Popular debater Raja draws inspiration from real life experiences than literature, says T. SARAVANAN
For those who really wonder how reading and listening can actually help an individual, popular debate personality Raja testifies the benefit. And the surprising bit is that Raja is not a teacher, but a bank employee.
Neither literary background nor interest of his family members took him to where he is today. If he is a sought after person in debate programmes today, credit goes to his gift of the gab. He is able to spontaneously render mundane routines intelligently and punctuates his delivery with a touch of humour.
“Memories of my first experience as a stage speaker are still green. I was then studying at St. Britto Higher Secondary School, where my teacher Henry Almeida selected students to speak at the inaugural function of the school’s Tamil Literary Association. Though I was timid and was not fluent enough I was selected. To my surprise, I was also made secretary of the association and was asked to speak before the august gathering. Incidentally, Professor Solomon Papiah happened to be the chief guest of the function. That was my first tryst with ayya (refers Mr. Solomon Papiah),” he reminisces with due respect to his teacher and mentor. For a boy from Keezhamathur Village speaking on stage without fear is a far cry. But then the responsibility of secretary of an association thrust on him at school motivated Mr. Raja to identify the talent in him.
“I was stunned to see ayya holding the audience spell bound, entertaining them with aplomb. From then on, I became a big fan of him and followed his every programme. Besides, I also started listening to speeches of Tamil scholars including Tamil Kudimagan and Sol Vilangum Perumal.”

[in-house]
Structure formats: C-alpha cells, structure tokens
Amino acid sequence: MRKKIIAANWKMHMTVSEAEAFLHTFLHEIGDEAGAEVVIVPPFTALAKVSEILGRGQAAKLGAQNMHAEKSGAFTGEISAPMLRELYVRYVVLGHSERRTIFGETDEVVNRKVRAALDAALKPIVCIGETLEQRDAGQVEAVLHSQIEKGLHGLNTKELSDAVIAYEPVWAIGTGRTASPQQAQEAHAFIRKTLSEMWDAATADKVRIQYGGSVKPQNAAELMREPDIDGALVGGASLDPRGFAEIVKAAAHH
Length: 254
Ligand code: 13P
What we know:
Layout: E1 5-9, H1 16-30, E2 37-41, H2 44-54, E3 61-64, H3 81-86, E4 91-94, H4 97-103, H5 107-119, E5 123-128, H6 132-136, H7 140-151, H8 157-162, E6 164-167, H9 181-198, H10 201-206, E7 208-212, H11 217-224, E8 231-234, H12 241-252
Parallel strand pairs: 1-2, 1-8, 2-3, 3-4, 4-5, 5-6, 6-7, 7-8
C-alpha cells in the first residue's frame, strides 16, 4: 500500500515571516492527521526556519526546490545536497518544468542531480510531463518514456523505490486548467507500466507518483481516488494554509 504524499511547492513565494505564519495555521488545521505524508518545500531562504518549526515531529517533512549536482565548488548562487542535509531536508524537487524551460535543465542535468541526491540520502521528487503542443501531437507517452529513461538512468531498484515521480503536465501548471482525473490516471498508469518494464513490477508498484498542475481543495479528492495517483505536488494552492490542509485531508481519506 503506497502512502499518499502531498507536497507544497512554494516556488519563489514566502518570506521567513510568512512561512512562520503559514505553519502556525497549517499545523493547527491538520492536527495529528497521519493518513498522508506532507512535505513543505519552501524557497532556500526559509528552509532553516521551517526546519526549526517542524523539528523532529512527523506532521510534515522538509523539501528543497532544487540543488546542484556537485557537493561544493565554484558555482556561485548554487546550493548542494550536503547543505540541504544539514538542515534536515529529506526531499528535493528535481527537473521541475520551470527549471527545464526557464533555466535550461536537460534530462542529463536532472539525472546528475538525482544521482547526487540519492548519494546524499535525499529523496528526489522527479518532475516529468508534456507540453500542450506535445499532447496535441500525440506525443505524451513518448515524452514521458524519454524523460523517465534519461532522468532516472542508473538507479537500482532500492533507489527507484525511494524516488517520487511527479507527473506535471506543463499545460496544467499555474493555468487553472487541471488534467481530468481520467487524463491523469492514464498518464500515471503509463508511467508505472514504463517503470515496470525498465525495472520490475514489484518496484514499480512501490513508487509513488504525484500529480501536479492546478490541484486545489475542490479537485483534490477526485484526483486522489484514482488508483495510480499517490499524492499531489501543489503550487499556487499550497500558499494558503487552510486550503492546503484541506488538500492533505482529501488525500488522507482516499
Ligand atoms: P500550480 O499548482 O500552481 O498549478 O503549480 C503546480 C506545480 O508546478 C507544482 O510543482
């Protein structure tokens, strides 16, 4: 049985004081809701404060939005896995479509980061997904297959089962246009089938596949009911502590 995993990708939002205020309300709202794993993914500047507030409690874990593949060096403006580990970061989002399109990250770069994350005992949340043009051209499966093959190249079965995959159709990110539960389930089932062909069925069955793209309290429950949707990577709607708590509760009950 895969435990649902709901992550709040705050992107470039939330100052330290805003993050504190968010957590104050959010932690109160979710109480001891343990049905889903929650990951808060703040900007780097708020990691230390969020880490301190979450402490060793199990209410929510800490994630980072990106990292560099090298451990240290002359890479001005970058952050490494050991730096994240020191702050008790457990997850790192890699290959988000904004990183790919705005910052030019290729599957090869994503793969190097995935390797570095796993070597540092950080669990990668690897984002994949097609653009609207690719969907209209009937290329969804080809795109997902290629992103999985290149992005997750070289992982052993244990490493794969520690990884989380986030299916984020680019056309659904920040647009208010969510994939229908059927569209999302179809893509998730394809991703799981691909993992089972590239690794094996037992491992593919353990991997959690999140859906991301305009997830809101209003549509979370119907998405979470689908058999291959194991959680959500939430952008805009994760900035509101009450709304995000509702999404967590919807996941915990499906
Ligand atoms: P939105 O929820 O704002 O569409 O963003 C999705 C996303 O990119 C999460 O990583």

Raja, who got employed with the United Bank of India after doing a pre-university course and B.Com from American College, did not face any objection from his family members. “They always and only advised me to concentrate on my job and not wander around. Tthe urge to listen to people speaking was irresistible in me and ultimately the chance came by,” he shares.
On one such occasion when one of the main speakers Professor Rajaram did not turn up due to illness, he got a chance to substitute. “Ayya asked me ‘would you like to speak?’ I did not wait even for the next second to tickle and replied in the affirmative. It was a make or break situation for me. I was neither prepared nor equipped to speak on stage in full public glare. When I spoke, I still remember the man operating the public address system yelling ‘superb’. He was my first fan. It was a big morale booster and a turning point in my life,” he beams with pride narrating the incident that propelled his career as a debate speaker.
Throughout his life, Mr.Raja has been a keen observer and is also an avid reader of newspaper.
“I devote an hour daily for newspaper reading. It is one childhood habit I advocate my wards to follow. It feeds me the subject for my speech with the presentation of what is happening around us. When my fellow speakers quote references from literature, I lift real life incidences to substantiate my views,” he says.
Solution to problems
Comments like debate programmes are a waste of time irks him. “Any argument has two sides. One should give a listening ear to those arguments. For, it might sometime provide solution to the problems at home. I know people who have gained from such programmes,” he recounts.
To make debates purposeful and more interesting, he also introduces various enlightening topics. “I have included topics like blood donation, diabetes, psychological and physical problems. I try to provide a platform to discuss these subjects, so that a solution, which might be of huge help to the audience, evolves,” he says with a sense of responsibility.
He reserves his programmes for weekends and on other days he is just a dutiful employee. “My employer and colleagues are very accommodative. During weekends I attend to my commitments as a speaker but when I have to extend my leave due to unavoidable circumstances, they support me.”
Also none can forget his role as the father in the film “Sivaji”. The film offer is purely accidental. Thanks to the popular Tamil satellite network which frequently beamed capsules featuring me prominently and that caught the attention of Director Shankar. He offered me the chance. Now I have completed my second movie also.”
Mr. Raja is a man with a clear understanding of his strengths and weaknesses. “I see myself as a fan. I always think from the audience’s perspective. I never consider myself a preacher. Probably my positive approach makes me popular among the masses,” he signs off.